Performing eDiscovery Against A Specific Folder
One common request when performing an eDiscovery or using the Search-Mailbox cmdlet has long been...
Times have changed, specifically for the worse when it comes to how easy it is to attack your data in the cloud. That is not necessarily due to the advent of cloud technologies themselves, but rather because automation is free and cheap. Think PowerShell, Python, etc., and that cloud represents a much larger attack surface than a traditional data center approach. It's time to reconsider backup in light of ransomware.
Get off my lawn, kids!
When I was much younger, we, as an industry, built datacenters with limited ways of accessing our servers and services. We lived safely, knowing that if something significant was under attack, we could stride purposefully through our access-controlled doors, reach into our airconditioned racks, and pull out the power or network or both. That’s much more difficult to do to a cloud service if it’s under attack since it is also not hosted in your own data center.
Whose fault is it anyway
Responsibility and cloud may be a tricky concept; after all, I may have uploaded my data to Office 365 or another cloud, and I expect that the safety of the data is Microsoft’s. Microsoft’s view is that the responsibility for Data, Endpoints, Account, and Access management is always yours. See Figure 1 below for a graphical view of the responsibilities always retained by customers.
Figure 1 - Allocation of responsibility
Microsoft acknowledges and provides guidance for ransomware defense and guidelines on how to recover. It may shock you that part of the recovery guidance is: Step1 – Verify your backups, since Microsoft also publicly writes that OneDrive is a backup for your files. That sounds like a contradiction since it may imply that you may need to backup. However, we also read that OneDrive is supposed to be a backup. OneDrive could be a backup, but only if it fits your definition of being a backup. That sounds like I’m waffling, so lets take a step back and define what a backup is.
I like to ask my customers to give me their definitions and requirements for backup. Why do I ask my customers? Backup may be part of Disaster Recovery Planning – a business function.
Often this definition reads something like: “A backup is a copy of my data, stored separately from its source and in another location, which I can restore to the original location in case of data loss or a total disaster. My backups should be able to restore from a nominated point in time or other specific criteria. I should be able to restore any of the data based on time boundaries, including the last seven days, weekly, monthly, and yearly backups. I may want to restore either a specific item, a container (mailbox, OneDrive, SharePoint, etc) or a configuration item such as permissions.”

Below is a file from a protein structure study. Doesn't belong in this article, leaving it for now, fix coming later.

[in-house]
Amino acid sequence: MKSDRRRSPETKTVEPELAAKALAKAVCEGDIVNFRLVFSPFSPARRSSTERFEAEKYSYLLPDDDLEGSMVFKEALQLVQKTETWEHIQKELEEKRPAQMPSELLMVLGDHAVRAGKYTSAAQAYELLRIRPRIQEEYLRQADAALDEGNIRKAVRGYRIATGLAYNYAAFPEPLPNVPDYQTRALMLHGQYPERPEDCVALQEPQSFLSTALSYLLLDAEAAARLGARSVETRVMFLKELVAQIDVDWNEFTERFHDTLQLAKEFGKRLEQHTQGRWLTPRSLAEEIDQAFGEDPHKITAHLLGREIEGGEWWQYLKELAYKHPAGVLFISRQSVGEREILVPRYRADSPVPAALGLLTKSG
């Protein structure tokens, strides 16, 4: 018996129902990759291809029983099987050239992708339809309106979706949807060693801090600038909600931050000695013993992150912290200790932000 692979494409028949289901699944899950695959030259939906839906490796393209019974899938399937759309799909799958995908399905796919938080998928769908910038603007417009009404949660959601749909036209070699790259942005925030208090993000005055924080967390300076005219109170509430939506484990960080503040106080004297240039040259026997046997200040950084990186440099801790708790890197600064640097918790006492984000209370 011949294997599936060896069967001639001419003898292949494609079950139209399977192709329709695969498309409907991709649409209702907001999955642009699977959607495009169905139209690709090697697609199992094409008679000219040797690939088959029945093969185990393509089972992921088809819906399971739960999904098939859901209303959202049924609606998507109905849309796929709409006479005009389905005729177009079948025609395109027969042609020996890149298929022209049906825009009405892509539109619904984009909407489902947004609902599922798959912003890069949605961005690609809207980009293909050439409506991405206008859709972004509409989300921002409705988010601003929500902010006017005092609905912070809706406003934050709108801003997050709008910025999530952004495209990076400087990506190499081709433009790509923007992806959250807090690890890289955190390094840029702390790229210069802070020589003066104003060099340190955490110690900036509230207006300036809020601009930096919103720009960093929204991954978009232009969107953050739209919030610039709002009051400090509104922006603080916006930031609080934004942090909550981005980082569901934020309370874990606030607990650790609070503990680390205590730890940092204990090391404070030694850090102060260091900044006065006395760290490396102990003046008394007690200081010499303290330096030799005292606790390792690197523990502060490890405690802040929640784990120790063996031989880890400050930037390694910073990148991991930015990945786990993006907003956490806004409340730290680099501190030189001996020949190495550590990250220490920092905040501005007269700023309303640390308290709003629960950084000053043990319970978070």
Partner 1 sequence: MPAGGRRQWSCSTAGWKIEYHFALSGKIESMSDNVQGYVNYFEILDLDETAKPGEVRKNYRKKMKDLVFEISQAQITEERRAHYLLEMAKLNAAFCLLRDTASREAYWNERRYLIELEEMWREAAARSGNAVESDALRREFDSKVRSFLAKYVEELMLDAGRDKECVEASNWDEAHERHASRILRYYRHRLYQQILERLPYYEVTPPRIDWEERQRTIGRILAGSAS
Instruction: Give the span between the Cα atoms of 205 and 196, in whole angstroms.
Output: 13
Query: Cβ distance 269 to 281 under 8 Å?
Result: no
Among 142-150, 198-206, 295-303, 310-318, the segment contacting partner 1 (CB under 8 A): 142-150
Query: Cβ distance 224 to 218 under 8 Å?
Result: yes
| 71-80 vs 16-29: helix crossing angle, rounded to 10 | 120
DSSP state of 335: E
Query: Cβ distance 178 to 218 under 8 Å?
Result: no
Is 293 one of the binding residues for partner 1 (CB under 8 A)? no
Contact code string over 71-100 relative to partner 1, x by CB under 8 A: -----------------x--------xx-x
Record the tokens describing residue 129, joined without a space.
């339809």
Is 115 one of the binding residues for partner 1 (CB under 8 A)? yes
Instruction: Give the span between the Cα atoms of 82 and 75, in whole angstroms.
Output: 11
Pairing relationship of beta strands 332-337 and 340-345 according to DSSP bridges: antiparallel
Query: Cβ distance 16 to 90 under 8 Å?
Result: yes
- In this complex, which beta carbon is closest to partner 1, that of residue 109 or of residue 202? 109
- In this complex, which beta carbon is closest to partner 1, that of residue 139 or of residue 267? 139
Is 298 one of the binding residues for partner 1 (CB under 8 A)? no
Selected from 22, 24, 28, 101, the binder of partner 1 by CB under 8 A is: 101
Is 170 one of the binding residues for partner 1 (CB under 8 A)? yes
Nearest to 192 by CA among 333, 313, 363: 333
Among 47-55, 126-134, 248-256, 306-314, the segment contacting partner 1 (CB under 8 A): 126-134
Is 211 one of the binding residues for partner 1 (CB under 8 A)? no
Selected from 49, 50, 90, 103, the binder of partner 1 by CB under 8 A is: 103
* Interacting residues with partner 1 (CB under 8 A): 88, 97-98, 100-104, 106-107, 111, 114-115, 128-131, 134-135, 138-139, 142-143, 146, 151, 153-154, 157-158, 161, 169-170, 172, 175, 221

OneDrive offers the ability to restore a file to a previous version, undelete a file or folder from the recycle bin, etc. It does not fit the rest of the classical definition of a backup, and neither does the built-in capability of Exchange, SharePoint, or other Office 365 Services. If you’re a tiny organization and Office 365 versioning and recovery capabilities fit your definition of backup, then stop reading. You are done, and you get to have a few minutes back from your day.
Ransom and backup
A backup is only a backup if you can restore it. Let us assume a scenario where attackers have compromised your Office 365 tenant and are holding you to ransom. Since the activity is criminal and you are being extorted for money, one of the attack vectors may be that they have changed your versioning to 1, waited 14 days, and then encrypted your files. That may sound far-fetched, but it is not. We may also want to assume that your tenant is compromised by a responsible adult with your best interests at heart, as opposed to teenagers targeting organizations for data exfiltration and destruction.
A backup is only a backup if you can restore it. That includes being able to log into your backup platform. Consider that during a tenant compromise, your tenant's Azure Active Directory no longer belongs to you. Consider that you may no longer be able to log into your backup platform if you have chosen to use Azure Active Directory integrated identities as the only way to authenticate. If your backup platform is inaccessible or, even worse, if it’s encrypted or data has been exfiltrated, then it no longer fits the definition of a backup.
The friction for malicious actors is low. Malware may be purchased for little money, or malware may be developed by nation states with large budgets. Malware, of course, is not the only threat in our malicious actor's ransomware arsenal, and backup shouldn’t be your only defense. Backup may be your last line of defense, though, and if it is, then we should know what a backup should look like. Here are the minimum factors I look for in a backup solution:
Nicolas is the founder, as well an architect, author and speaker focused on Office 365 and Azure at NBConsult. Nicolas is a Microsoft Certified Master for Exchange and Office 365, Microsoft MVP (Most Valuable Professional) for Microsoft Office Apps and Services since March 2007. Nicolas has co-authored “Microsoft Exchange Server 2013: Design, Deploy and Deliver an Enterprise Messaging Solution”, published by Sybex.